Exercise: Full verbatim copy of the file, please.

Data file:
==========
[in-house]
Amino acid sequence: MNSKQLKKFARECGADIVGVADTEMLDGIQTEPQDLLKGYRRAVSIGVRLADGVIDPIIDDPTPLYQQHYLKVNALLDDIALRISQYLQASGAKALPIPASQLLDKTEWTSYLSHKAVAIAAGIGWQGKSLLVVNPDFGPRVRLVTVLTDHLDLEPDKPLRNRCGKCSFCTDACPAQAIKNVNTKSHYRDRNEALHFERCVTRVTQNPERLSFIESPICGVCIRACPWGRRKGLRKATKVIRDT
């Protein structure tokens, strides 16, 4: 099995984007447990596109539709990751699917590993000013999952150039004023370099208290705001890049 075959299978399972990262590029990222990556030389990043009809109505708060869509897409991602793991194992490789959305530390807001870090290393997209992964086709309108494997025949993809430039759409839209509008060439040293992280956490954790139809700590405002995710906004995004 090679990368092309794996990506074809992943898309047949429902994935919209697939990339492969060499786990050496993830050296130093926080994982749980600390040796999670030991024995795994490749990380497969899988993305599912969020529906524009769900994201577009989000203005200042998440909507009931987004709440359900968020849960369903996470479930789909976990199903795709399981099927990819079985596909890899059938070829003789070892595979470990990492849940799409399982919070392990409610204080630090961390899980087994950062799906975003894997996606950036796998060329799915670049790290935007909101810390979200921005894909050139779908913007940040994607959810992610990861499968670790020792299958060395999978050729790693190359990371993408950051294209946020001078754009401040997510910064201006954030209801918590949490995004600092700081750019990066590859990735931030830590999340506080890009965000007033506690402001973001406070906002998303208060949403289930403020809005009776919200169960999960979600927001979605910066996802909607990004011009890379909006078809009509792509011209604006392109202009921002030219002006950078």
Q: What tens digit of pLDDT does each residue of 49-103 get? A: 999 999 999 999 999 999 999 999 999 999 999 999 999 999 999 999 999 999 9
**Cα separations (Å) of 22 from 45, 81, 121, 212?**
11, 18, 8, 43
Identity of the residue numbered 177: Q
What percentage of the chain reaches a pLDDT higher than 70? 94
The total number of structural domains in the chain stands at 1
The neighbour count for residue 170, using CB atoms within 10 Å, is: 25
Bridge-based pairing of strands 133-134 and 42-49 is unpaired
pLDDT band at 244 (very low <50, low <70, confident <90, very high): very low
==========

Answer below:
[in-house]
Amino acid sequence: MNSKQLKKFARECGADIVGVADTEMLDGIQTEPQDLLKGYRRAVSIGVRLADGVIDPIIDDPTPLYQQHYLKVNALLDDIALRISQYLQASGAKALPIPASQLLDKTEWTSYLSHKAVAIAAGIGWQGKSLLVVNPDFGPRVRLVTVLTDHLDLEPDKPLRNRCGKCSFCTDACPAQAIKNVNTKSHYRDRNEALHFERCVTRVTQNPERLSFIESPICGVCIRACPWGRRKGLRKATKVIRDT
């Protein structure tokens, strides 16, 4: 099995984007447990596109539709990751699917590993000013999952150039004023370099208290705001890049 075959299978399972990262590029990222990556030389990043009809109505708060869509897409991602793991194992490789959305530390807001870090290393997209992964086709309108494997025949993809430039759409839209509008060439040293992280956490954790139809700590405002995710906004995004 090679990368092309794996990506074809992943898309047949429902994935919209697939990339492969060499786990050496993830050296130093926080994982749980600390040796999670030991024995795994490749990380497969899988993305599912969020529906524009769900994201577009989000203005200042998440909507009931987004709440359900968020849960369903996470479930789909976990199903795709399981099927990819079985596909890899059938070829003789070892595979470990990492849940799409399982919070392990409610204080630090961390899980087994950062799906975003894997996606950036796998060329799915670049790290935007909101810390979200921005894909050139779908913007940040994607959810992610990861499968670790020792299958060395999978050729790693190359990371993408950051294209946020001078754009401040997510910064201006954030209801918590949490995004600092700081750019990066590859990735931030830590999340506080890009965000007033506690402001973001406070906002998303208060949403289930403020809005009776919200169960999960979600927001979605910066996802909607990004011009890379909006078809009509792509011209604006392109202009921002030219002006950078």
Q: What tens digit of pLDDT does each residue of 49-103 get? A: 999 999 999 999 999 999 999 999 999 999 999 999 999 999 999 999 999 999 9
**Cα separations (Å) of 22 from 45, 81, 121, 212?**
11, 18, 8, 43
Identity of the residue numbered 177: Q
What percentage of the chain reaches a pLDDT higher than 70? 94
The total number of structural domains in the chain stands at 1
The neighbour count for residue 170, using CB atoms within 10 Å, is: 25
Bridge-based pairing of strands 133-134 and 42-49 is unpaired
pLDDT band at 244 (very low <50, low <70, confident <90, very high): very low